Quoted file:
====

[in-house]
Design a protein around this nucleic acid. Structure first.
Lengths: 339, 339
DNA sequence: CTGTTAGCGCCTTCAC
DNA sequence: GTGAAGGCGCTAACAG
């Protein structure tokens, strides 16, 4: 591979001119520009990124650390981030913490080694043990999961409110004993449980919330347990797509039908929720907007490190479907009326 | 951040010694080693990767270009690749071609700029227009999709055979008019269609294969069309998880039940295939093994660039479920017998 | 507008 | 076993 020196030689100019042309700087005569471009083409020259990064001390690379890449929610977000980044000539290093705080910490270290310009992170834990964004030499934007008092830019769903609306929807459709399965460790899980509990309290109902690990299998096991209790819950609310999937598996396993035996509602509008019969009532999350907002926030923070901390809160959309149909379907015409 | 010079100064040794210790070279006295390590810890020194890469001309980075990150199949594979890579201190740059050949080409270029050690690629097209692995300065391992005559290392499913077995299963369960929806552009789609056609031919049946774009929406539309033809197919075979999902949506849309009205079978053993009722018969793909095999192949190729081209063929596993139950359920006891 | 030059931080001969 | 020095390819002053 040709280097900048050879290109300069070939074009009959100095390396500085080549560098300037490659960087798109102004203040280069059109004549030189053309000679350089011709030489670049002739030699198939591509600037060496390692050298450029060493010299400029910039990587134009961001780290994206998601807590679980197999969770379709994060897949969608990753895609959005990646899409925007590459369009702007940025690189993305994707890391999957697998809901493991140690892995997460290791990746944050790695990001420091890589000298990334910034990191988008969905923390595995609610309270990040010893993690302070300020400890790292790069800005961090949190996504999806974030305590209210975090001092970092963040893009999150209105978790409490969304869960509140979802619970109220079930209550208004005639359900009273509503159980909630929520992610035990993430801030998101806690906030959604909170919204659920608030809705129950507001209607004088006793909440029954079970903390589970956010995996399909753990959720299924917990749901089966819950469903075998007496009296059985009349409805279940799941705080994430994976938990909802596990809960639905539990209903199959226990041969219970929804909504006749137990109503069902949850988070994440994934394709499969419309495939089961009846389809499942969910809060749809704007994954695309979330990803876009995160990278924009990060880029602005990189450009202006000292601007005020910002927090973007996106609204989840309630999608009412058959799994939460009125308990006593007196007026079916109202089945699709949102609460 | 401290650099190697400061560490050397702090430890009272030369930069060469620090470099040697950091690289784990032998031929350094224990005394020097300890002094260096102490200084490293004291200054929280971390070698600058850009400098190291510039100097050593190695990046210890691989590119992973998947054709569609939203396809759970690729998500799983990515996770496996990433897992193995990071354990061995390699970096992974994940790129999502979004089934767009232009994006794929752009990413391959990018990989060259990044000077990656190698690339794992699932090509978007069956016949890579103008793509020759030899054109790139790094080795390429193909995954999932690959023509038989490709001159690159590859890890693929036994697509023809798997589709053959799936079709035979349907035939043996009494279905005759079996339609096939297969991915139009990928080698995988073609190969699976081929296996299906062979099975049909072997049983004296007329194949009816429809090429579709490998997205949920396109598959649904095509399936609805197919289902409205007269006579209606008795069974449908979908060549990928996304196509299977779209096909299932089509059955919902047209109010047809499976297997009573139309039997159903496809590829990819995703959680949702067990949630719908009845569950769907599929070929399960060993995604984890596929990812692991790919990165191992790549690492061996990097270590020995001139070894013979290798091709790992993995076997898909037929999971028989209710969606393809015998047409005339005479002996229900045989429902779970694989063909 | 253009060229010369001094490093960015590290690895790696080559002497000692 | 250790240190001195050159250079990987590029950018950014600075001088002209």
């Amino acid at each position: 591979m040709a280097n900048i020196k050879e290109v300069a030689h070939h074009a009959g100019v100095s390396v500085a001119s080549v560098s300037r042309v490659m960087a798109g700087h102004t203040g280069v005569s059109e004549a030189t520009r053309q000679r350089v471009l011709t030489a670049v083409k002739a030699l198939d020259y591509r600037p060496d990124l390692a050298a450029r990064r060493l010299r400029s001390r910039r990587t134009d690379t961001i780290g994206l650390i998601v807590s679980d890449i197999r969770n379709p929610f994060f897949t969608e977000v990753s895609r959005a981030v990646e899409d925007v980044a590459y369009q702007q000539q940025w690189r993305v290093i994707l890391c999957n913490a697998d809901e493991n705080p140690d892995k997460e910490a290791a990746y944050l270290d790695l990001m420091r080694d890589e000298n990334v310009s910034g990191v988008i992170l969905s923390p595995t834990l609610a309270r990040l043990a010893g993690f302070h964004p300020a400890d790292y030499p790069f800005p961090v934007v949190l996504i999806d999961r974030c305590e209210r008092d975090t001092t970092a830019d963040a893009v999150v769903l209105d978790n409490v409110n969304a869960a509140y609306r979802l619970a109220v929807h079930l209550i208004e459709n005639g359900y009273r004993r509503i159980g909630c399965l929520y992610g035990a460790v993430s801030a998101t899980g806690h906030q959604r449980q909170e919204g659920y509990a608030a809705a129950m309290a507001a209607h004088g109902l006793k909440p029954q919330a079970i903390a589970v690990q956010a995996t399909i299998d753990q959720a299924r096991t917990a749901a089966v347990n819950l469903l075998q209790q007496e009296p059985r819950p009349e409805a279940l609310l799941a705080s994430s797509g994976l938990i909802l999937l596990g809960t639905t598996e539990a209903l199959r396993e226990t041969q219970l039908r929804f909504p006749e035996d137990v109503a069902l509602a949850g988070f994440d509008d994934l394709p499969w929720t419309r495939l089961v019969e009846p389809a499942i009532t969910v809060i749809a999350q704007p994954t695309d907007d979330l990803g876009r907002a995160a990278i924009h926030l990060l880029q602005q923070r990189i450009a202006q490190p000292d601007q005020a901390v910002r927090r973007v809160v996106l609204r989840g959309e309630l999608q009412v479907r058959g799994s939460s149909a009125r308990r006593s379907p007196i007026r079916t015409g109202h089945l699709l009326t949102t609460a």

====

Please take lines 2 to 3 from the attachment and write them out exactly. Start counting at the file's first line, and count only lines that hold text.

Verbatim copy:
Design a protein around this nucleic acid. Structure first.
Lengths: 339, 339